vendredi oct. 03, 2008

Bundling GlassFish v3 Prelude - XWiki and the GlassFish Embedded (Part 2)

Update: things have changed quite bit since I wrote this for v3 Prelude (now v3 Final is the way to go).
Please check this link for up-to-date info on GlassFish Embedded.

In Part I, I covered a first technique to bundle the XWiki application with GlassFish v3 Prelude. The distribution and packaging discussed included a "traditional" auto-deployment of a web application (WAR) in a lightweight application server (GlassFish v3 Prelude).

GlassFish Embedded API

XWiki is a non-trivial application and I felt it would be a great test for the GlassFish Embedded API. This enables GlassFish to run in-process as explained in the rest of this entry. While the embedded API can be very useful for testing (it can now already be used with Maven and Grails for instance), the goal here is to produce a self-container Java SE application which contains GlassFish Embedded, the XWiki WAR archive and some glue code to start glassfish and deploy the application

Putting the pieces together

GlassFish Embedded does not use OSGi but rather a more traditional class-loader hierarchy so I had to work around a "classical" JAR precedence issue:
• removed the log4j jar from the XWiki application and make it available as a library (appropriate Class-Path: entry in the manifest of the overall JAR).
• used <class-loader delegate="false"/> in sun-web.xml to avoid further library conflicts (documented here)

Using the GlassFish Embedded API is pretty straightforward :

import org.glassfish.embed.App;
import org.glassfish.embed.AppServer;

public class XWikiOnGlassFish {
    public static void main(String[] args) throws IOException {

        AppServer glassfish = new AppServer(8080);
        App app = glassfish.deploy( new File("/path/to/xwiki-enterprise-web-1.5.2.war") );


The application weights 20 MB for the full GFv3 Prelude embedded (see other distributions here) + 4Ko "glue" application + 40MB XWiki.

The startup time is as follows:

with an additional 12 seconds to load the XWiki web app. The memory consumed (used heap as reported by VisualVM) is 15 MB right after the welcome page is displayed and 35 MB after exercising the application a bit.

I'll leave the packaging of this Java SE application (see what the OpenSSO guys did) using Java Web Start as an exercice to the reader.

More coverage of the GlassFish Embedded API (including the ScatteredWar API, and the Maven integration) can be found here. Note that a few API changes happened since that post.

vendredi sept. 26, 2008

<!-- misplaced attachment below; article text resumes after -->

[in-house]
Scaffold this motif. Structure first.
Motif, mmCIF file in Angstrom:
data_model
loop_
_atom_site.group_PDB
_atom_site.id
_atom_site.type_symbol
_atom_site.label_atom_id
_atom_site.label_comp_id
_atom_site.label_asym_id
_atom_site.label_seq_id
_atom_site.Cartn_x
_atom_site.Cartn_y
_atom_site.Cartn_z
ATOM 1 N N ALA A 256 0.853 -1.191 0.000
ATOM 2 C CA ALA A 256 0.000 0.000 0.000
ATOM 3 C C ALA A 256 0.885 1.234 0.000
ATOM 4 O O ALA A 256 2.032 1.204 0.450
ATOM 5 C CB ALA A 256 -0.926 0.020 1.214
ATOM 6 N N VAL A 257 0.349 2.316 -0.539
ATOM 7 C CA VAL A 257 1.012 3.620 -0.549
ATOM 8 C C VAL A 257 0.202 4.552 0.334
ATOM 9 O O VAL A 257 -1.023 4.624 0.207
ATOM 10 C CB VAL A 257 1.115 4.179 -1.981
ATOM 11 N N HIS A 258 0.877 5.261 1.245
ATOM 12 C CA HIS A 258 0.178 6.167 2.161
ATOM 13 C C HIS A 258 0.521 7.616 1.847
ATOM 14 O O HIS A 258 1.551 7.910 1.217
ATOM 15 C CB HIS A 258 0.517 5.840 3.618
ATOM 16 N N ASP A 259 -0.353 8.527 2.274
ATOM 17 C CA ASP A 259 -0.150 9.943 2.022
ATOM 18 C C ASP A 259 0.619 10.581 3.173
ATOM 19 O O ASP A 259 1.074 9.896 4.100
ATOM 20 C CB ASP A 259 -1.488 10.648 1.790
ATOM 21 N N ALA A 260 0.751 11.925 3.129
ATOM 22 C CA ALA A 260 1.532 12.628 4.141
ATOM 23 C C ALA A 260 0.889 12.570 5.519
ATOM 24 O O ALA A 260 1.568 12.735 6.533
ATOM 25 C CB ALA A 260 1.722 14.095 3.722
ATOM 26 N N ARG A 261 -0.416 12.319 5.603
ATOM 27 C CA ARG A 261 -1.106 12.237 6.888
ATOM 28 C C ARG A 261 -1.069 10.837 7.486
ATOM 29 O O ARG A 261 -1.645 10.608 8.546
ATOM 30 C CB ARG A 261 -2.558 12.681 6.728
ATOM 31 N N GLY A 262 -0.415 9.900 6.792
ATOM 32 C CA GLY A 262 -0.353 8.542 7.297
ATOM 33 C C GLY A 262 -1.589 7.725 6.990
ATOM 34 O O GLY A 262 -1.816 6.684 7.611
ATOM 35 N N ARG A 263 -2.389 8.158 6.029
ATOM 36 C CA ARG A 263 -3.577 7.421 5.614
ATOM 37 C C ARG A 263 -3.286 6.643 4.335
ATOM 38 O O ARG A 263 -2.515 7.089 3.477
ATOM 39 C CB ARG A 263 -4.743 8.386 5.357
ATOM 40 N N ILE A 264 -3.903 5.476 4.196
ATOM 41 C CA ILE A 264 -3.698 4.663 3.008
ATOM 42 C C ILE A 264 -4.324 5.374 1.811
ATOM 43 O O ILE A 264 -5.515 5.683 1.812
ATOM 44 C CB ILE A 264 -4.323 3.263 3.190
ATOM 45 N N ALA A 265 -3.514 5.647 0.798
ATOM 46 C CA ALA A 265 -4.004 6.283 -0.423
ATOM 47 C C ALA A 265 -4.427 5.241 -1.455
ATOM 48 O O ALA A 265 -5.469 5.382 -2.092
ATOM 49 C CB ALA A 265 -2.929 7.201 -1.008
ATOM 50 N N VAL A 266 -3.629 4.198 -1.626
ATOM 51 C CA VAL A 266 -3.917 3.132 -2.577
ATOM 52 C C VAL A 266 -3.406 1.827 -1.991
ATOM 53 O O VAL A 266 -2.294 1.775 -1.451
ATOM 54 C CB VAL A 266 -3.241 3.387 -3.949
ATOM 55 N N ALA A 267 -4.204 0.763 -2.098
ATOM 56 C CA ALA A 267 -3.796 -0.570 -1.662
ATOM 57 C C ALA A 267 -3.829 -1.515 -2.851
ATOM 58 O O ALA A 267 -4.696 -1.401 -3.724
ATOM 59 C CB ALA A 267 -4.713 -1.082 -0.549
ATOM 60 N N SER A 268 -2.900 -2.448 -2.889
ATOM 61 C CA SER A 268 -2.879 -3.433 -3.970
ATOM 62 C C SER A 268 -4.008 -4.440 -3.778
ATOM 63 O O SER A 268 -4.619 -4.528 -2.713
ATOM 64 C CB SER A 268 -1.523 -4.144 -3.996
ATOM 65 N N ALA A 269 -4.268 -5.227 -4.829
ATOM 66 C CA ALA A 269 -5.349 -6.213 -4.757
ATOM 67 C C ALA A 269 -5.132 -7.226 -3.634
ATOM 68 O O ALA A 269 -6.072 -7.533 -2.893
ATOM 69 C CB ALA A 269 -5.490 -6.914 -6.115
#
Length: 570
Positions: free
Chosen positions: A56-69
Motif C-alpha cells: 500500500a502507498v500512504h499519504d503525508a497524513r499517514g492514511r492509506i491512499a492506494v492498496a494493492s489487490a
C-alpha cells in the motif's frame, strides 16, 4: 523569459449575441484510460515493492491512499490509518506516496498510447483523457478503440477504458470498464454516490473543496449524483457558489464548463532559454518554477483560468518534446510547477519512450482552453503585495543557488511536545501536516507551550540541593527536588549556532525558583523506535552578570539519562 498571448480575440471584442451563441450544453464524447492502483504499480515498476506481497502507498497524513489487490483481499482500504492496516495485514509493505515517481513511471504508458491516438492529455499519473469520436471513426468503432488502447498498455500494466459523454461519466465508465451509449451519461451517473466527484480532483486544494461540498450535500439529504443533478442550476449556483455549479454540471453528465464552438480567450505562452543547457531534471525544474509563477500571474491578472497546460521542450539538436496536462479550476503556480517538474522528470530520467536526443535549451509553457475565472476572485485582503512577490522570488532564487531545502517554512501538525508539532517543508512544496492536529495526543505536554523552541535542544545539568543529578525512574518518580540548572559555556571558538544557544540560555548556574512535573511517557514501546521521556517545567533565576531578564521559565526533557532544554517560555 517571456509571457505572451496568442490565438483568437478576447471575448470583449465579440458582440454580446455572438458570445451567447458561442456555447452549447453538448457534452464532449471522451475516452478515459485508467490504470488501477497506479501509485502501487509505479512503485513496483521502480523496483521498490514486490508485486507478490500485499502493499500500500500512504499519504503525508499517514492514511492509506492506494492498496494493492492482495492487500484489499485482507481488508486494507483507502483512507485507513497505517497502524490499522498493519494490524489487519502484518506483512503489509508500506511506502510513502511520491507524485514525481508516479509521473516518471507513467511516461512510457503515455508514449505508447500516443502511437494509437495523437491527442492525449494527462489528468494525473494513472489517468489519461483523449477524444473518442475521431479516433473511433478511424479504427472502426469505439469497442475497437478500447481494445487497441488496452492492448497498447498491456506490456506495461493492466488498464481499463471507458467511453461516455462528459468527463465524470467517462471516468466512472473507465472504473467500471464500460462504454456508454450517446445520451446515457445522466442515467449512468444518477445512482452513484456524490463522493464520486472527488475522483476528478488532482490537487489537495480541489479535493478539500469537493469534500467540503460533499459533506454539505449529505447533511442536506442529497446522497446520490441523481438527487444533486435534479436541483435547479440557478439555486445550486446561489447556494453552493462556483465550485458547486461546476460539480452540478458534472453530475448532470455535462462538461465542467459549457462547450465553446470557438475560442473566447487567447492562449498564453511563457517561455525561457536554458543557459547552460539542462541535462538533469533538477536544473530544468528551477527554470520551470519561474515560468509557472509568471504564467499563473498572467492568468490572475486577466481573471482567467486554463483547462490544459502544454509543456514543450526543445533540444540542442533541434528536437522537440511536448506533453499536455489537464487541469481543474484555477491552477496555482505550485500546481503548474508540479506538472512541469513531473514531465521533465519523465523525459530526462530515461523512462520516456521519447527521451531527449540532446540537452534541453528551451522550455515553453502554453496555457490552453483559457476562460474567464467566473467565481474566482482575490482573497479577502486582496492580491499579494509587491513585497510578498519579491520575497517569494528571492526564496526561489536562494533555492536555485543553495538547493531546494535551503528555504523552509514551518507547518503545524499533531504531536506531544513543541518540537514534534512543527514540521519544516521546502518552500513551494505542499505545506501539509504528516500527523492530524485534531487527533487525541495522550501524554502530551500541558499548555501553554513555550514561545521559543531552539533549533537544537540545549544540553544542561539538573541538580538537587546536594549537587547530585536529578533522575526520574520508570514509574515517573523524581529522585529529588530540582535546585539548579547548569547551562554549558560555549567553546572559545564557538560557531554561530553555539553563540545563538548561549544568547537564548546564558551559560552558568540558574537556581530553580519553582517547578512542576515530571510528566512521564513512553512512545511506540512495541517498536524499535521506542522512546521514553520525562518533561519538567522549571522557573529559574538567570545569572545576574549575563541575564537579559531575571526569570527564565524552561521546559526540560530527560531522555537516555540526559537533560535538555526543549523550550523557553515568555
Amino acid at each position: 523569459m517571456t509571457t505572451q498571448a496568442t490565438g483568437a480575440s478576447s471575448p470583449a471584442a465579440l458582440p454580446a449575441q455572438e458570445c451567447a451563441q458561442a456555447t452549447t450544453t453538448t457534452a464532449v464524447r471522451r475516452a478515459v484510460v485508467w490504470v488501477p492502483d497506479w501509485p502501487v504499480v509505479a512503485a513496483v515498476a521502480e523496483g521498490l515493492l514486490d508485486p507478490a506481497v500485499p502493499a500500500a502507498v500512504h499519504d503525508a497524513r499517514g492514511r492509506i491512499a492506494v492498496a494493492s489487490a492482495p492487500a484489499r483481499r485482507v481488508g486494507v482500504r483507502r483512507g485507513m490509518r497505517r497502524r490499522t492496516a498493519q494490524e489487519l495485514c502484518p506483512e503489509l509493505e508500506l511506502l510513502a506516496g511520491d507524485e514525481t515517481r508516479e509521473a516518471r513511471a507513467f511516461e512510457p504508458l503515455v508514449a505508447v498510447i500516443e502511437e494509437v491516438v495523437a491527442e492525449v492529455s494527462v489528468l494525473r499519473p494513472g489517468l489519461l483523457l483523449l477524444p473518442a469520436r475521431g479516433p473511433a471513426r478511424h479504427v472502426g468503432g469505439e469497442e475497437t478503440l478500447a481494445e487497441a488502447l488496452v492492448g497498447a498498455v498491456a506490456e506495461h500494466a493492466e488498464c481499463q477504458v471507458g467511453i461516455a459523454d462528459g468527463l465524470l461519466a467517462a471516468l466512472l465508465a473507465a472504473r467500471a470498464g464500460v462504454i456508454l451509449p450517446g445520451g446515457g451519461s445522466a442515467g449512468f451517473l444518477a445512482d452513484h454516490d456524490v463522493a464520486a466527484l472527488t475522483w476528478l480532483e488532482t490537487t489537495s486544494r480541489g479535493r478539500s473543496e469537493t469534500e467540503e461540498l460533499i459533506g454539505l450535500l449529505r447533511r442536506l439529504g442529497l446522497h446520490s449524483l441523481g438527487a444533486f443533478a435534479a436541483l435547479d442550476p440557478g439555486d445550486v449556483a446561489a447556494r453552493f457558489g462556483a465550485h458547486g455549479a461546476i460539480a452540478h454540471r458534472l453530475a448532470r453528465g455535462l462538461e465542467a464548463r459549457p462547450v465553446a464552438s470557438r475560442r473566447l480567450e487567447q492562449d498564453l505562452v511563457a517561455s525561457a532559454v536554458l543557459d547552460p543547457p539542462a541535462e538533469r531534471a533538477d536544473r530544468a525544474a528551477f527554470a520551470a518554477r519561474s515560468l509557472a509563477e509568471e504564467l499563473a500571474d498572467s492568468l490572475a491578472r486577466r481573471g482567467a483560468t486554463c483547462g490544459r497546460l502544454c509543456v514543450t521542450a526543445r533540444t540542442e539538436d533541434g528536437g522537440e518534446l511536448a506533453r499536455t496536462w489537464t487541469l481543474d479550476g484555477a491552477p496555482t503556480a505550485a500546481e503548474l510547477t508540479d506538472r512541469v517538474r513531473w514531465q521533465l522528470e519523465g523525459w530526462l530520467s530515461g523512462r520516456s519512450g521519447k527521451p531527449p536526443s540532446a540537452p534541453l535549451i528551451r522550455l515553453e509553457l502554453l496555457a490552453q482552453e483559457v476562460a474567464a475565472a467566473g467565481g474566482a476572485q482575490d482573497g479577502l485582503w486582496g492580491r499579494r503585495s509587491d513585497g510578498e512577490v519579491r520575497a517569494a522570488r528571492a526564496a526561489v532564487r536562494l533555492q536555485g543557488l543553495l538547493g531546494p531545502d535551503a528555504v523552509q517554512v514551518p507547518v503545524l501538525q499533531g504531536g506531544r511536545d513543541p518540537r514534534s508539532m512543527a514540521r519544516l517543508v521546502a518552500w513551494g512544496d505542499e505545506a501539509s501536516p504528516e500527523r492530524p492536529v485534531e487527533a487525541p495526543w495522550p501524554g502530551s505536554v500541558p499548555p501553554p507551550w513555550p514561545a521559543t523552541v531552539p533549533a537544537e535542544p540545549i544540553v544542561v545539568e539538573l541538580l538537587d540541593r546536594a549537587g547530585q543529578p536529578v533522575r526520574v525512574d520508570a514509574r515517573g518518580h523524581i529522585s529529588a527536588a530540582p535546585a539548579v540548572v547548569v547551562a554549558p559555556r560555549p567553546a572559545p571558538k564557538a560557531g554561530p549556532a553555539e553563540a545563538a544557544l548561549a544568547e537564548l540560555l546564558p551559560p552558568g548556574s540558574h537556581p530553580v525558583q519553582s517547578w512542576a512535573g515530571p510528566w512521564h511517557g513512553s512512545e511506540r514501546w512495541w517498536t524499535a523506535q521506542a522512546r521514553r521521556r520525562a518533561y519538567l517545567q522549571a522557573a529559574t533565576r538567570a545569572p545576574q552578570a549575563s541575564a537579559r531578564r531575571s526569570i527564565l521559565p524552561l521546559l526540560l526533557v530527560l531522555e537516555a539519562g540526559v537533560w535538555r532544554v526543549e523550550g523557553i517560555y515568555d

Bundling GlassFish v3 Prelude - XWiki (Part 1)

In previous blog posts about XWiki and GlassFish, I explained how to expose XWiki on the GlassFish v2 update center and how to deploy XWiki in a GlassFish container.

Recent XWiki and GlassFish evolution.

This was a while back and XWiki, now a GlassFish partner, has nicely moved forward to version 1.5.2 (Stable). At the same time GlassFish released an embedded API and will soon ship GlassFish v3 Prelude, a lightweight container.

Shipping XWiki and GlassFish v3 Prelude together actually makes sense. The download is much smaller (21MB) than it would have been with GlassFish v2 (65MB), but having now an embedded API for the GlassFish makes it a reasonable Jetty alternative. It can for instance be used to implement an evaluation bundle (similar to what the OpenSSO folks did: 85Mb, Java Web Start deployment included).

Simple XWiki and GlassFish packaging.

Using JavaDB this time (no need to add driver in XWiki's WEB-INF/lib directory): simply edit WEB-INF/hibernate.cfg.xml to uncomment and adjust the JavaDB section, add a sun-web.xml file with a context-root set to /xwiki and update the WAR archive (xwiki-enterprise-web-1.5.2.war in my case).

Using GlassFish v3 Prelude promoted build #25 (Sept 19th), I could easily deploy by copying the archive in the auto-deploy directory (domains/domain1/autodeploy).

This can lead to a simple ZIP archive with GlassFish v3 + XWiki 1.5.2 war sitting in the auto-deploy directory. Make sure also that you nuke the domains/domain1/.felix bundle cache to avoid OSGi bundle symbolic name issues. Unzipping, starting GlassFish and pointing to http://localhost:8080/xwiki does the job (simple enough for testing/evaluating). Startup with XWiki in the autodeploy directory takes 15 seconds on my machine. Starting with Xwiki already deployed takes 8 seconds.

To be continued...

The next step is to start using the GlassFish embedded API.

Thanks to XWiki CTO Vincent Massol for the quick turnaround answering my questions and bug reports.

lundi oct. 22, 2007

Using the GlassFish Update Center to reach out to thousands of developers

The GlassFish Update Center is a tool that lets you deploy extra features, libraries, or even applications to an existing installation in a very user-friendly fashion. It is part of every copy of GlassFish, Sun Java System Application Server and the Java EE 5 SDK (3.5M+ downloads). The following describes the simplest GlassFish Update Center module who's only job is to deploy a self-contained web application (no database dependency in particular).